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Commentary on Zechariah (review)
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Didymus the Blind Commentary on Zechariah. Translated by Robert HillThe Fathers of the Church, 111Washington, DC: Catholic University of America Press, 2006 Pp. xi + 372. $39.95.

In his translation of Didymus's On Zechariah Robert Hill has added to his list of contributions on patristic exegesis. It is his first publication of an Alexandrian exegete following prodigious work on those more commonly associated with Antioch. It promises not to be his last since a translation of Cyril's comments on the Twelve Prophets is forthcoming in the same series (FOTC 115). The introduction stipulates that this translation is part of a project contrasting the exegesis of Zechariah in Antioch and Alexandria and how ancient interpreters [End Page 426] compare with modern approaches. Given Hill's familiarity with the Antiochene exegetes, we can expect this contribution to be significant.

On Zechariah is part of the cache of papyri recovered from a cave in Tura, Egypt in 1941. Made up mostly of biblical commentaries by Didymus, these papyri were critically edited in German and French. Hill's is the first complete English translation of any of Didymus's exegetical works and is dependent on the Sources chrétiennes editions (83–85); it will certainly set the tone for further research. Like other selections in the FOTC, this translation contains a bibliography, introduction, and indices that will facilitate study. Hill's brief bibliography is not focused exclusively on Didymus, including as it does entries on the LXX, patristic exegesis, and modern biblical studies. A short introduction addresses the background of the work, i.e., the circumstances of composition, hermeneutical method, and theological significance. The translation is structured according to the fourteen chapters found in modern bibles, not according to Didymus's division into five books. The lemma being commented on is helpfully set off with italics while other biblical citations are marked by quotes and identified in footnotes. Hill's translation is readable and reliable. There are copious footnotes throughout, comparing Didymus to his Antiochene contemporaries and showing divergences between Didymus's LXX text and the Hebrew original that impact interpretation.

While the appearance of Didymus's commentary in English is welcome and long overdue, there are several drawbacks to the work. Most significant is the failure to properly situate Didymus's work theologically. As the introduction and bibliography reveal, Hill has neglected recent scholarship pertaining to Didymus, specifically the monograph by Richard A. Layton (Didymus the Blind and His Circle). The result is that Didymus's theology and spirituality are not adequately explicated. Didymus's exegetical productions were intended for ascetic audiences seeking to make Scripture a "living word" by putting into practice the texts they read, thus transforming the letter and shadow into spirit and truth and thereby becoming "children of Abraham" who acted on the word. The notion of developing virtue in response to the Word of God is largely overlooked. This spiritual theology explains why Didymus neglects comment on the historical setting of the text, preferring to satisfy those who were seeking to appropriate Zechariah in a Christian way.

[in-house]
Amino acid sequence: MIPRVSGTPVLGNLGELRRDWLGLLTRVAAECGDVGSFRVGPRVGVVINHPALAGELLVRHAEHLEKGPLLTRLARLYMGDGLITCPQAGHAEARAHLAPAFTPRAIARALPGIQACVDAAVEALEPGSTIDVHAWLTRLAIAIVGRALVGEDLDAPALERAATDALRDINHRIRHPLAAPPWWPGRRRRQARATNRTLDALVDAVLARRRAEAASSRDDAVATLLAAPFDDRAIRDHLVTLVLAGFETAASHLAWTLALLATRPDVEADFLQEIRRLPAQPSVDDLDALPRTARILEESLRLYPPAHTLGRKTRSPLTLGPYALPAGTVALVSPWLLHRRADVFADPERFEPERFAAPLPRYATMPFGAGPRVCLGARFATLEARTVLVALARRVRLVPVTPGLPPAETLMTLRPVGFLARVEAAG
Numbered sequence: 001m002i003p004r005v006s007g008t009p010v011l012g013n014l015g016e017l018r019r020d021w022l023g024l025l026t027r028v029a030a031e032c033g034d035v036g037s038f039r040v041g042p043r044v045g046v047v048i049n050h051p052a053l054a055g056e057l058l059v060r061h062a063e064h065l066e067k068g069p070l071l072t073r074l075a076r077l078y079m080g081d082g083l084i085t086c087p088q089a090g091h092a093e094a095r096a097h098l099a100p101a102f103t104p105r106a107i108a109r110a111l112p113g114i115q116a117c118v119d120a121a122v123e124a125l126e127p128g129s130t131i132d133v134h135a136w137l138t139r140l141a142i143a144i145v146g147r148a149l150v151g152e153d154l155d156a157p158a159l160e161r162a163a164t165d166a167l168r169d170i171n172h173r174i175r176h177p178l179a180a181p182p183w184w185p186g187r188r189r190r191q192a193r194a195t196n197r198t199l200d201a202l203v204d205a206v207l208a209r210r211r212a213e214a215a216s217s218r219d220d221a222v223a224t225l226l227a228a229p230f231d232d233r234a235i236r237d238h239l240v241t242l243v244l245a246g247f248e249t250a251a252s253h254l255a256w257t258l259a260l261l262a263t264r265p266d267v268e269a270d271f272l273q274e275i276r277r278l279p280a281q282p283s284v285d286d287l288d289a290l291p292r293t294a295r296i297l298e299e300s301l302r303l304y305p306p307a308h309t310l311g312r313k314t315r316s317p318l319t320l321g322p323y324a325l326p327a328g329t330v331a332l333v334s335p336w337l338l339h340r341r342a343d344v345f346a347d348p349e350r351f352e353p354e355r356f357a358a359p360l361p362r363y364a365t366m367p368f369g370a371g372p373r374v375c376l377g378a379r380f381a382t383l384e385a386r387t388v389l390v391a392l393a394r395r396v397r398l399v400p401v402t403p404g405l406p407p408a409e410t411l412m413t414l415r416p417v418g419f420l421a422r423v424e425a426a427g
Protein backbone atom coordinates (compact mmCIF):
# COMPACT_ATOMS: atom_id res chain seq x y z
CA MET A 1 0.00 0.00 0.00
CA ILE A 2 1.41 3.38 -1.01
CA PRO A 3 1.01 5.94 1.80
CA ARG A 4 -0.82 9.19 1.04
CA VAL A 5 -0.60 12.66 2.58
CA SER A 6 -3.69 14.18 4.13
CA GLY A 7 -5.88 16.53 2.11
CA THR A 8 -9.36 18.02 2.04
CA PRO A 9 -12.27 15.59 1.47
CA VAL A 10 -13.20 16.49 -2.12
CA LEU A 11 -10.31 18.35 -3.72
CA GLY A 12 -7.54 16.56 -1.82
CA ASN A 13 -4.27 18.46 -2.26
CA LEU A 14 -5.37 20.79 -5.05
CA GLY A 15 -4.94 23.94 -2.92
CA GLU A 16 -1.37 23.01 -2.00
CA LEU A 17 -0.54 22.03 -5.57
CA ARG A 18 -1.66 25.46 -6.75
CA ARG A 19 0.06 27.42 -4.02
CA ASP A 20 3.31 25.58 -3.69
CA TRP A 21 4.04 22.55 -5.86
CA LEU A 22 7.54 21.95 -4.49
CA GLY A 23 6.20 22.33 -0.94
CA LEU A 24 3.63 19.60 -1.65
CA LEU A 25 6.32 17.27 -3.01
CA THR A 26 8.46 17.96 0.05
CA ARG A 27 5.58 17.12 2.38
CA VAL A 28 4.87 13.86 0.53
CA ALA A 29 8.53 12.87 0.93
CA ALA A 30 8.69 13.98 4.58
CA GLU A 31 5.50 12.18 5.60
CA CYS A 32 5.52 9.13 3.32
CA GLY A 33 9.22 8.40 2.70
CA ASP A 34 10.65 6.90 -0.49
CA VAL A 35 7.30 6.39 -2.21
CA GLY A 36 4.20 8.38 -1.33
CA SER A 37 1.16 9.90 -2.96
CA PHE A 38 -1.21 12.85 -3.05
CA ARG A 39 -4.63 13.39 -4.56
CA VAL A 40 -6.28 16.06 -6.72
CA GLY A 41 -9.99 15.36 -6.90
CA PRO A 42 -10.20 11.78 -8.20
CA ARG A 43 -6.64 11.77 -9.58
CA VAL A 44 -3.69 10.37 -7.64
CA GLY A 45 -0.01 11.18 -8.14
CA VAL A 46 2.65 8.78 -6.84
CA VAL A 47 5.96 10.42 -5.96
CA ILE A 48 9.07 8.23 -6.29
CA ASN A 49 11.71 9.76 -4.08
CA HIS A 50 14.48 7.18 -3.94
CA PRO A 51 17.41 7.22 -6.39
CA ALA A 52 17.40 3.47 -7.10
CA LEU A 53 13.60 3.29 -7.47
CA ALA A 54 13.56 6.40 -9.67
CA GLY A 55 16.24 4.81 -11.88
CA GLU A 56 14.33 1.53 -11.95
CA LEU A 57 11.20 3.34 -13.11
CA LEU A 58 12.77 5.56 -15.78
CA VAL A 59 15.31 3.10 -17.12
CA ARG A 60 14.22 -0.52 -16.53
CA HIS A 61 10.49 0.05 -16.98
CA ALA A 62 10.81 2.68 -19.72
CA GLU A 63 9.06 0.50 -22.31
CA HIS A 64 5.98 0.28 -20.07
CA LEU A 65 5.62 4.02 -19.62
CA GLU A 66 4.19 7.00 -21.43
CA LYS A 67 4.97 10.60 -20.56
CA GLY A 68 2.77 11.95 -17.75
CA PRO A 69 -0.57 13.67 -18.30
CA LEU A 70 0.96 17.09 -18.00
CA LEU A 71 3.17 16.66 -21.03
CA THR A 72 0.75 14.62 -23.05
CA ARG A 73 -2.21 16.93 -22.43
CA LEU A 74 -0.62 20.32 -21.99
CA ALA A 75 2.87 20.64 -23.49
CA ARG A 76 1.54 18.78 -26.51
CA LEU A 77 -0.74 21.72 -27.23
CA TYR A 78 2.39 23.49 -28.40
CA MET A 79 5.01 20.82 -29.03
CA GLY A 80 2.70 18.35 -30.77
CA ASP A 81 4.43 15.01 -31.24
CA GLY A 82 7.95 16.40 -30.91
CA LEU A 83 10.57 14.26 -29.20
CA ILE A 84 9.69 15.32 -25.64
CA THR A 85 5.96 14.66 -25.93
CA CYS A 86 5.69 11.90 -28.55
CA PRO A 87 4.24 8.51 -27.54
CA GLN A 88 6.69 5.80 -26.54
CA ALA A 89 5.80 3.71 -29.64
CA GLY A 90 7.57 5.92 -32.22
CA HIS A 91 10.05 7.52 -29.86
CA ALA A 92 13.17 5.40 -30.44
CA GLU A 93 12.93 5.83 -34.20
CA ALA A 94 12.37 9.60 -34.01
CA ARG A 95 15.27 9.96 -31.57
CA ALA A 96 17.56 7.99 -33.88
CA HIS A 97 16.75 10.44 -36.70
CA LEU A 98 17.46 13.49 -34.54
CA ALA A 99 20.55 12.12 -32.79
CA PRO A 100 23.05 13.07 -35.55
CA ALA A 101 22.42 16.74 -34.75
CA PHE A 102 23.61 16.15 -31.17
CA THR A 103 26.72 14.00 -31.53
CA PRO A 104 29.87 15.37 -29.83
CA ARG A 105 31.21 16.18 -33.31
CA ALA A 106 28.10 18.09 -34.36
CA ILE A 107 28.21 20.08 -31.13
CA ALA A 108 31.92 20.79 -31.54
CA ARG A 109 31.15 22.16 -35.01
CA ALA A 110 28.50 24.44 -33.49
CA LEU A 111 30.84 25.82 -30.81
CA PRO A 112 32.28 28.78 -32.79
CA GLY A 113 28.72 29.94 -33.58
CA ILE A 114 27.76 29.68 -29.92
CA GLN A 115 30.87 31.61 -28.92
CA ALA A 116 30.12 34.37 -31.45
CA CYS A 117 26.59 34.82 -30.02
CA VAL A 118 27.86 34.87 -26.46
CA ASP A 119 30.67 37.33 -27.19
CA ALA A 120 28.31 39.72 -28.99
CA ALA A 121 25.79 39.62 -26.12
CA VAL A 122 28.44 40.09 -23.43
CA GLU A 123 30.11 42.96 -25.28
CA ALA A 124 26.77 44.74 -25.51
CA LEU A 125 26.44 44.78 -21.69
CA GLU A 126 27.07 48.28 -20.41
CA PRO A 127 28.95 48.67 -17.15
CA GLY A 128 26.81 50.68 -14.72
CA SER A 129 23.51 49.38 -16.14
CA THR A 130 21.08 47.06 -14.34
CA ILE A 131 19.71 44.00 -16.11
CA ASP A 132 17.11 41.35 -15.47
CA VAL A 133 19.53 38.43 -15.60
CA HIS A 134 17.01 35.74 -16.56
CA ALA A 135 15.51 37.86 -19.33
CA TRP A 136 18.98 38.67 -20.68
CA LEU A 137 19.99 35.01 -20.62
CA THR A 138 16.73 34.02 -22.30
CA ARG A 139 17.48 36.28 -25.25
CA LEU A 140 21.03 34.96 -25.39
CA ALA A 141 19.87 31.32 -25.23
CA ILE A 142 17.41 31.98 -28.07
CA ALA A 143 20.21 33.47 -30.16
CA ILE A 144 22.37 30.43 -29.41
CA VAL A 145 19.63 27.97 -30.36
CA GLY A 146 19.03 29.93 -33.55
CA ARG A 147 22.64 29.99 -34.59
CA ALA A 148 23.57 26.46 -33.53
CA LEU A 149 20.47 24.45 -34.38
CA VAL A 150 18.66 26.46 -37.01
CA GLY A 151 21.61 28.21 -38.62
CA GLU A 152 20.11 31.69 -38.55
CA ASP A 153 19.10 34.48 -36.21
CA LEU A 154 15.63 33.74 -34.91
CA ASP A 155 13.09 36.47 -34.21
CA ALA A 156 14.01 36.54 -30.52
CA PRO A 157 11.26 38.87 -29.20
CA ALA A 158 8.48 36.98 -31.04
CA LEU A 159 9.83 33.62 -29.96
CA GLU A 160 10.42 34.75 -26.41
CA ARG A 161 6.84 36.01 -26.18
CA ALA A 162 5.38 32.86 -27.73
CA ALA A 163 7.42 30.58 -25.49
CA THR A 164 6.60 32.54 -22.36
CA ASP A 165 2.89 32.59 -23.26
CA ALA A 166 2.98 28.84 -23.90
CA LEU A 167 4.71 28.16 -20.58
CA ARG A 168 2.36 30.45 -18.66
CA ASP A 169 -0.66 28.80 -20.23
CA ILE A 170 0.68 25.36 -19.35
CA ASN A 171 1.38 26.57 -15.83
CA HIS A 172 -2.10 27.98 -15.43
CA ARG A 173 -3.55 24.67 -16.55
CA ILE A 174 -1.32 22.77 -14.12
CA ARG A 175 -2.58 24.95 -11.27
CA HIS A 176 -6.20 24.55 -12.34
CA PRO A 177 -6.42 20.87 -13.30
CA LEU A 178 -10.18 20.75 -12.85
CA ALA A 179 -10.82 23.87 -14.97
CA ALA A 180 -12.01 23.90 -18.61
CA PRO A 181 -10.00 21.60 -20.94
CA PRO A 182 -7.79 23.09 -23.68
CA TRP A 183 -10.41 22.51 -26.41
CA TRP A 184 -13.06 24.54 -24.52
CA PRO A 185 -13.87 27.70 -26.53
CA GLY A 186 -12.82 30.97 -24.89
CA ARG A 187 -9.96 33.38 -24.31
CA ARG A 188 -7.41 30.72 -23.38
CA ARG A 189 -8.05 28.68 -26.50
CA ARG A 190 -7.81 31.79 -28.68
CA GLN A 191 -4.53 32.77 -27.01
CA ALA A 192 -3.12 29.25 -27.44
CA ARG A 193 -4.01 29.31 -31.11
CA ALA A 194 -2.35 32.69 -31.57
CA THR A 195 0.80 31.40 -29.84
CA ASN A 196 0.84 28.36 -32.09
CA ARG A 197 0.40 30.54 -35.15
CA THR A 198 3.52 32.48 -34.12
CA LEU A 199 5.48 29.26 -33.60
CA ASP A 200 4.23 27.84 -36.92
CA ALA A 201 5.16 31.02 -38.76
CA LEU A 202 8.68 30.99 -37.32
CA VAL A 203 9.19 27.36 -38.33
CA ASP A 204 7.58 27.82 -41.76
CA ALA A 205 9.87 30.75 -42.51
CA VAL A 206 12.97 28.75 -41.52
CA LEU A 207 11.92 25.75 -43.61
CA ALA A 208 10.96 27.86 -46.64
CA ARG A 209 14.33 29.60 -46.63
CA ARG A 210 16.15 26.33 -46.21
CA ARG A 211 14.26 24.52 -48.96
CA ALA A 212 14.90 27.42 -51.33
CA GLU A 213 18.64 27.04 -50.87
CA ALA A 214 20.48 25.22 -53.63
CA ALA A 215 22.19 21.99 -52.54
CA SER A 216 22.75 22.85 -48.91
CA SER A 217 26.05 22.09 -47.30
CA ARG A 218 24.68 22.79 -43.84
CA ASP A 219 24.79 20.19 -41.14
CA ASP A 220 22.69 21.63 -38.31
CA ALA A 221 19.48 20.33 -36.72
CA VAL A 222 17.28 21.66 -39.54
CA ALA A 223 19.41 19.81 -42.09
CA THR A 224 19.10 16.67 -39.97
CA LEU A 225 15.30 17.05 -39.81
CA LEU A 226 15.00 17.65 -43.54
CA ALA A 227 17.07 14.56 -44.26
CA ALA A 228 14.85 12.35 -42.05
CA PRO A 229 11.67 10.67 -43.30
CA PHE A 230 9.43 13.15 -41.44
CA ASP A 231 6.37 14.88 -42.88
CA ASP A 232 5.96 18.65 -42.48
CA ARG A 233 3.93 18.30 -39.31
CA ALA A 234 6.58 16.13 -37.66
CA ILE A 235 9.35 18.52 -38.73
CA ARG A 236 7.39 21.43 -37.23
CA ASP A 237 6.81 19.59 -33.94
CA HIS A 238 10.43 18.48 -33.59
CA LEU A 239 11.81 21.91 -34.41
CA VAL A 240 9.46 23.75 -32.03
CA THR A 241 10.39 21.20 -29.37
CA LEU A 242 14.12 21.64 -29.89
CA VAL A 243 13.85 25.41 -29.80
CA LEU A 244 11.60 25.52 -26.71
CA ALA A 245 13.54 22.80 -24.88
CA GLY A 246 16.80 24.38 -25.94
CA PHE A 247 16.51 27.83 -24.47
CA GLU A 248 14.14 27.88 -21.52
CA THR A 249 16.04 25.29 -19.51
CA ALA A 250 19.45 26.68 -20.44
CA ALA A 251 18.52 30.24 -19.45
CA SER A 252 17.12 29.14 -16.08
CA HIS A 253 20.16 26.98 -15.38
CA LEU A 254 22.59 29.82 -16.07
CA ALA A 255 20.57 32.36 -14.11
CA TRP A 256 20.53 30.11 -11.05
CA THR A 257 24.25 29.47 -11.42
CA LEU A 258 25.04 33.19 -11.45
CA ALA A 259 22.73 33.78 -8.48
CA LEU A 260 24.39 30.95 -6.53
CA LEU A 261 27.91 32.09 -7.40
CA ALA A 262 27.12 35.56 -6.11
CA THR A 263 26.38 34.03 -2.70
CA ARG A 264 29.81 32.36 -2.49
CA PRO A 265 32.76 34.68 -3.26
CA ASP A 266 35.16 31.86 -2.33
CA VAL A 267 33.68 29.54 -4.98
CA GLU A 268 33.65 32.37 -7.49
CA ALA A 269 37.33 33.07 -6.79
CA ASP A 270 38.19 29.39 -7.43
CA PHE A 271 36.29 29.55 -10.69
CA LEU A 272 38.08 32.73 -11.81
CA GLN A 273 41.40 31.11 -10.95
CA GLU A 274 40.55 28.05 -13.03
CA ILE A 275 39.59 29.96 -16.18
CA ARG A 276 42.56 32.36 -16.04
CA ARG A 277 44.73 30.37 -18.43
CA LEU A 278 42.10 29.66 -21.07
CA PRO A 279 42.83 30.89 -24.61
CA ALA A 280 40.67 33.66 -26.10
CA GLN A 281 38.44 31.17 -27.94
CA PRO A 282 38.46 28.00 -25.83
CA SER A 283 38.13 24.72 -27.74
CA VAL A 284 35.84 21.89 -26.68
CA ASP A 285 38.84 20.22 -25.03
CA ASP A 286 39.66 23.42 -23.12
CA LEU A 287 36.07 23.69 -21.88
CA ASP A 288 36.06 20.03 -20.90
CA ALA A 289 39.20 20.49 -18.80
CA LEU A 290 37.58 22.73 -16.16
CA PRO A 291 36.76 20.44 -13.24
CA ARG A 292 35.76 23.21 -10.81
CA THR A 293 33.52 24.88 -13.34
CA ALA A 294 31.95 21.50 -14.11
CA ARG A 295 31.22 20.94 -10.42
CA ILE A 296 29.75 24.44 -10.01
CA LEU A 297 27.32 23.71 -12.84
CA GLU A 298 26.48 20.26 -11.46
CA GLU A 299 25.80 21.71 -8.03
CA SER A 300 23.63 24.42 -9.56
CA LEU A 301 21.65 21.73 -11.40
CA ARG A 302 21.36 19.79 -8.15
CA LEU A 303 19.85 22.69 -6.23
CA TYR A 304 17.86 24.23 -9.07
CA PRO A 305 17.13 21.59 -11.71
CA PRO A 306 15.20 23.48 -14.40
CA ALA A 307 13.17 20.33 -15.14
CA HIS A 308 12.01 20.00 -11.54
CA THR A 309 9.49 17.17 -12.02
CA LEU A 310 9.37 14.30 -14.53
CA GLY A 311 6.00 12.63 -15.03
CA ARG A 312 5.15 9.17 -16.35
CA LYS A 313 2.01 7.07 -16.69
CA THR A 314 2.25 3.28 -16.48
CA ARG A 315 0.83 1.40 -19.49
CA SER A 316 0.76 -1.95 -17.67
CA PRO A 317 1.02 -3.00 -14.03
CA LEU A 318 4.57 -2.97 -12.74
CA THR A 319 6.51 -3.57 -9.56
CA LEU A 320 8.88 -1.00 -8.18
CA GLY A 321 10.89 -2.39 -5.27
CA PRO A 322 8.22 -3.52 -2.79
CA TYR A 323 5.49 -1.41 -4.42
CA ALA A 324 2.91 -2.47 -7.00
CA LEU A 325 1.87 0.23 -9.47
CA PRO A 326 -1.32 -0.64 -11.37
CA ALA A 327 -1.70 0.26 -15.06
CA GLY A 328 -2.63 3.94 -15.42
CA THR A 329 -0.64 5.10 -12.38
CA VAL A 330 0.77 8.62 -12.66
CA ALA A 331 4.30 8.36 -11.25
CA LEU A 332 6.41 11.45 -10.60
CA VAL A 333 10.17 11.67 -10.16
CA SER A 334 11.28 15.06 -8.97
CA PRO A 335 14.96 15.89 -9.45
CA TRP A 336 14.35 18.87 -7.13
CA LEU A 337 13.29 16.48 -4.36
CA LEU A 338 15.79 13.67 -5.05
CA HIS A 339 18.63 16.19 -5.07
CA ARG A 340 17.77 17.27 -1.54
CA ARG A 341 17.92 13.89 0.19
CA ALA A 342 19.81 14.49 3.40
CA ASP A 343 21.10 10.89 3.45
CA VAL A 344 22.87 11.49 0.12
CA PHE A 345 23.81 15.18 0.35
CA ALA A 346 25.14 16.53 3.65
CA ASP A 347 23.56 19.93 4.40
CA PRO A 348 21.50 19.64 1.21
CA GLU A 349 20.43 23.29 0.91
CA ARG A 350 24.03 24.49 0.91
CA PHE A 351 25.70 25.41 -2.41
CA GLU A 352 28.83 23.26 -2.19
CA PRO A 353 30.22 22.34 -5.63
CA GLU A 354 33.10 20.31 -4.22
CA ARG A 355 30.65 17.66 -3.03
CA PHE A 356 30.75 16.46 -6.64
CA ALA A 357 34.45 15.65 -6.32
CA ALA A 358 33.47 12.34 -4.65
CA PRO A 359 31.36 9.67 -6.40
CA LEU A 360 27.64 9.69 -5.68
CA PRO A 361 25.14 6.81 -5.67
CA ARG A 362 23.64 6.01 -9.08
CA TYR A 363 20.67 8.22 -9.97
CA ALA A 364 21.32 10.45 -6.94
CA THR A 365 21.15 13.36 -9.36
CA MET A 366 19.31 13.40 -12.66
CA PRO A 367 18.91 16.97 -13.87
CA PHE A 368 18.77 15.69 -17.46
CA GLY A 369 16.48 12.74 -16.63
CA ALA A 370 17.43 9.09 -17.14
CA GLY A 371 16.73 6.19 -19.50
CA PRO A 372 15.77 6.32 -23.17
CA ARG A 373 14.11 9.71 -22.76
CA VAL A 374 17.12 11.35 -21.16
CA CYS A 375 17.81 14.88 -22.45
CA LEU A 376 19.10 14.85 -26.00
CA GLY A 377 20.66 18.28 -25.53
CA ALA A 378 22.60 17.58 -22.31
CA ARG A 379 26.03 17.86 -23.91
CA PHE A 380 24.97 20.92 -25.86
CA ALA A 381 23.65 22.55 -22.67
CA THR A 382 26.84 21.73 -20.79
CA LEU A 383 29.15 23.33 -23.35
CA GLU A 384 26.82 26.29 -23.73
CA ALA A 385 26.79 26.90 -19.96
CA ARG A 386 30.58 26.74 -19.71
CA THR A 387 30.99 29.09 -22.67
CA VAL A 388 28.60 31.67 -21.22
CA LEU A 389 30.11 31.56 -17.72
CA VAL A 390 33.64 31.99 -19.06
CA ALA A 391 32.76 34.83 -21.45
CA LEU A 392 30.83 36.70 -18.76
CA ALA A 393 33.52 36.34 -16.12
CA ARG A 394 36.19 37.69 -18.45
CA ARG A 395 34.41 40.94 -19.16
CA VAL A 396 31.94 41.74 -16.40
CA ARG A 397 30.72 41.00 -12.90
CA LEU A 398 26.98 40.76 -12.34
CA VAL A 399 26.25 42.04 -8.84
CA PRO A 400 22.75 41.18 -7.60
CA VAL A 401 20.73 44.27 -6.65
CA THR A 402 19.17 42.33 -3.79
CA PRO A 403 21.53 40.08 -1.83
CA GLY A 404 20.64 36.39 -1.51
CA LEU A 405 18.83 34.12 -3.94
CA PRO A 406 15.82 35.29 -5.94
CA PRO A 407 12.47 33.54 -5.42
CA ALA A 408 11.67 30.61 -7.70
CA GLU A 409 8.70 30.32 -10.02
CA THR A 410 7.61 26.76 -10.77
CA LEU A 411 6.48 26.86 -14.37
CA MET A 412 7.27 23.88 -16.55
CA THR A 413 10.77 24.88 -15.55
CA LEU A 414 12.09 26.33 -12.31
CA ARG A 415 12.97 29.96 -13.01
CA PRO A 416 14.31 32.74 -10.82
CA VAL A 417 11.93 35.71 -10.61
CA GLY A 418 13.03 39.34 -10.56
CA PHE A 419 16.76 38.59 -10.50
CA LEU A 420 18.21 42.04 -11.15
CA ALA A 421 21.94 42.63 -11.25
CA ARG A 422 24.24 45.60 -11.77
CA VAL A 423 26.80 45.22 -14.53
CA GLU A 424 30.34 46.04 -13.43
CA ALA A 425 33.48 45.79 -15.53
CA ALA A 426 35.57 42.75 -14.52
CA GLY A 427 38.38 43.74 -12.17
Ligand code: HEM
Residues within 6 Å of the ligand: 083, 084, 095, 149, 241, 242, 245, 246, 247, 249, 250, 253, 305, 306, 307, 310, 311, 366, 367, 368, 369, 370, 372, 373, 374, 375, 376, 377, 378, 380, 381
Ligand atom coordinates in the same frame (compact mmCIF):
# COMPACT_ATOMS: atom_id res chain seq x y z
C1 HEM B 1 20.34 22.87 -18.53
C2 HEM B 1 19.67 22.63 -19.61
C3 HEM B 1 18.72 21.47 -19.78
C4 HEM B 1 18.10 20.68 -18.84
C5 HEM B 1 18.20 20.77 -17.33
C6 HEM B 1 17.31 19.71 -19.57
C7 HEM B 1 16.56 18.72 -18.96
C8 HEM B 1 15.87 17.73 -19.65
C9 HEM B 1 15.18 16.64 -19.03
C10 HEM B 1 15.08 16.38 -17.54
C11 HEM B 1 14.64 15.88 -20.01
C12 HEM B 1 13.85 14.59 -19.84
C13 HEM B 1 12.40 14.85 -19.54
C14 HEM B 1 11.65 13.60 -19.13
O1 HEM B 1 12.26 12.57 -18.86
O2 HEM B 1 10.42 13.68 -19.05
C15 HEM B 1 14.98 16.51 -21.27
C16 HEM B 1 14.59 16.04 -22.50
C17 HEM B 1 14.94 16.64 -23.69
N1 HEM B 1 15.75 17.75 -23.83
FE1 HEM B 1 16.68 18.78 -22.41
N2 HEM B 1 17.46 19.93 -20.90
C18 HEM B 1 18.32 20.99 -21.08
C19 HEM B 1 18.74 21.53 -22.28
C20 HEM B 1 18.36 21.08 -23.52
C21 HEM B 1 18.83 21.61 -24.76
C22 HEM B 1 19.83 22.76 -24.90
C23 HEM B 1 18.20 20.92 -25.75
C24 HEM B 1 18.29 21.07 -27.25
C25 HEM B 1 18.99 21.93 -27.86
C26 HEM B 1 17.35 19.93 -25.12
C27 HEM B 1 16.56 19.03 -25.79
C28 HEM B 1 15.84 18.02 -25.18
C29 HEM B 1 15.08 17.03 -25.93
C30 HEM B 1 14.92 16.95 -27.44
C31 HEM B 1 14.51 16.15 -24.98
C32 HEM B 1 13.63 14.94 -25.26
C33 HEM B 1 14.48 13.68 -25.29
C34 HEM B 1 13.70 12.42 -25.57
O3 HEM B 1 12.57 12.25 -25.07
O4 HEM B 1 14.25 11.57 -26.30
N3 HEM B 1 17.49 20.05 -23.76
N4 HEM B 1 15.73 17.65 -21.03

Additionally, Hill's treatment of Didymus's hermeneutics is confusing. We are told in the introduction that Didymus was attached to Alexandrian hermeneutical principles (5). Then we learn that "one could gain the impression from Didymus's hermeneutic of a lack of a consistent set of principles" (17) although "la méthodologie est une invention moderne" (17). Indeed, Didymus has multiple tools he utilizes to draw out the significance of the text, including numerology, etymology, and philosophy, and his approach consistently moves from consideration of the literal to the spiritual in that he always quotes the text in question, paraphrases its historical or physical meaning (if it has one), and then moves to its allegorical or anagogical import. This method is more apparent in Didymus's other commentaries, which Hill does not seem to examine. Several [End Page 427] criteria also guide Didymus's interpretation: it must be worthy of God, obscure passages can be illuminated through consultation of other inspired authors, and such passages require the mediation of a holy teacher to properly apply them to specific circumstances.

Finally, a considerable number of the...